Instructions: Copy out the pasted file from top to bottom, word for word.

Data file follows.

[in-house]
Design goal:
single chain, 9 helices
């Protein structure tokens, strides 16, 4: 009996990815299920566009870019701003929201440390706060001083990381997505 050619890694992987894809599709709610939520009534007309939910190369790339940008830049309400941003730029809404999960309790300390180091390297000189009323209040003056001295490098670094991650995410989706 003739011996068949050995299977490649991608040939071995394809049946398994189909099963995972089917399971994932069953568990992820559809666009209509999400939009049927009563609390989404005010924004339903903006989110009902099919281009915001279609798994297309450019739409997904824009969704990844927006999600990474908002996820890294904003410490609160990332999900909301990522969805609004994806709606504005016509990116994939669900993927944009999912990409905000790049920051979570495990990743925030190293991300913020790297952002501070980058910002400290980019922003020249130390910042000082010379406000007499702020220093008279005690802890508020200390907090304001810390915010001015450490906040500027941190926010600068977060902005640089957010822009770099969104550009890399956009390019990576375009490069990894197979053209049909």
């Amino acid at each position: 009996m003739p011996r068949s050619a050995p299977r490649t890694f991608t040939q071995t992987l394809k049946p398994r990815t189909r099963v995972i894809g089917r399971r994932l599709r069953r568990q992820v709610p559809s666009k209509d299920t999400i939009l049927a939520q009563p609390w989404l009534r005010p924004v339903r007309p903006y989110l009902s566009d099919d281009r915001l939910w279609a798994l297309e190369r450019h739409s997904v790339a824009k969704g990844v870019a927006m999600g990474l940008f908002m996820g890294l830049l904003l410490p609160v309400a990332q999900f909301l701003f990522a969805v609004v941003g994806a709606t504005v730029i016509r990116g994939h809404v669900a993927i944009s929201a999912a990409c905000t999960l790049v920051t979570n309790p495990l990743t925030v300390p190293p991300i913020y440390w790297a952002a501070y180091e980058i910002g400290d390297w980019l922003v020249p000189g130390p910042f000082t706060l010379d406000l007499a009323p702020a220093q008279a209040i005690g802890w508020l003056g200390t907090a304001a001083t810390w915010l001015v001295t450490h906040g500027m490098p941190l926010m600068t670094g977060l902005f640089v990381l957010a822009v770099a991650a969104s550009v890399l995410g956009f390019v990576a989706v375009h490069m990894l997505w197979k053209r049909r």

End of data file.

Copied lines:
[in-house]
Design goal:
single chain, 9 helices
């Protein structure tokens, strides 16, 4: 009996990815299920566009870019701003929201440390706060001083990381997505 050619890694992987894809599709709610939520009534007309939910190369790339940008830049309400941003730029809404999960309790300390180091390297000189009323209040003056001295490098670094991650995410989706 003739011996068949050995299977490649991608040939071995394809049946398994189909099963995972089917399971994932069953568990992820559809666009209509999400939009049927009563609390989404005010924004339903903006989110009902099919281009915001279609798994297309450019739409997904824009969704990844927006999600990474908002996820890294904003410490609160990332999900909301990522969805609004994806709606504005016509990116994939669900993927944009999912990409905000790049920051979570495990990743925030190293991300913020790297952002501070980058910002400290980019922003020249130390910042000082010379406000007499702020220093008279005690802890508020200390907090304001810390915010001015450490906040500027941190926010600068977060902005640089957010822009770099969104550009890399956009390019990576375009490069990894197979053209049909």
């Amino acid at each position: 009996m003739p011996r068949s050619a050995p299977r490649t890694f991608t040939q071995t992987l394809k049946p398994r990815t189909r099963v995972i894809g089917r399971r994932l599709r069953r568990q992820v709610p559809s666009k209509d299920t999400i939009l049927a939520q009563p609390w989404l009534r005010p924004v339903r007309p903006y989110l009902s566009d099919d281009r915001l939910w279609a798994l297309e190369r450019h739409s997904v790339a824009k969704g990844v870019a927006m999600g990474l940008f908002m996820g890294l830049l904003l410490p609160v309400a990332q999900f909301l701003f990522a969805v609004v941003g994806a709606t504005v730029i016509r990116g994939h809404v669900a993927i944009s929201a999912a990409c905000t999960l790049v920051t979570n309790p495990l990743t925030v300390p190293p991300i913020y440390w790297a952002a501070y180091e980058i910002g400290d390297w980019l922003v020249p000189g130390p910042f000082t706060l010379d406000l007499a009323p702020a220093q008279a209040i005690g802890w508020l003056g200390t907090a304001a001083t810390w915010l001015v001295t450490h906040g500027m490098p941190l926010m600068t670094g977060l902005f640089v990381l957010a822009v770099a991650a969104s550009v890399l995410g956009f390019v990576a989706v375009h490069m990894l997505w197979k053209r049909r």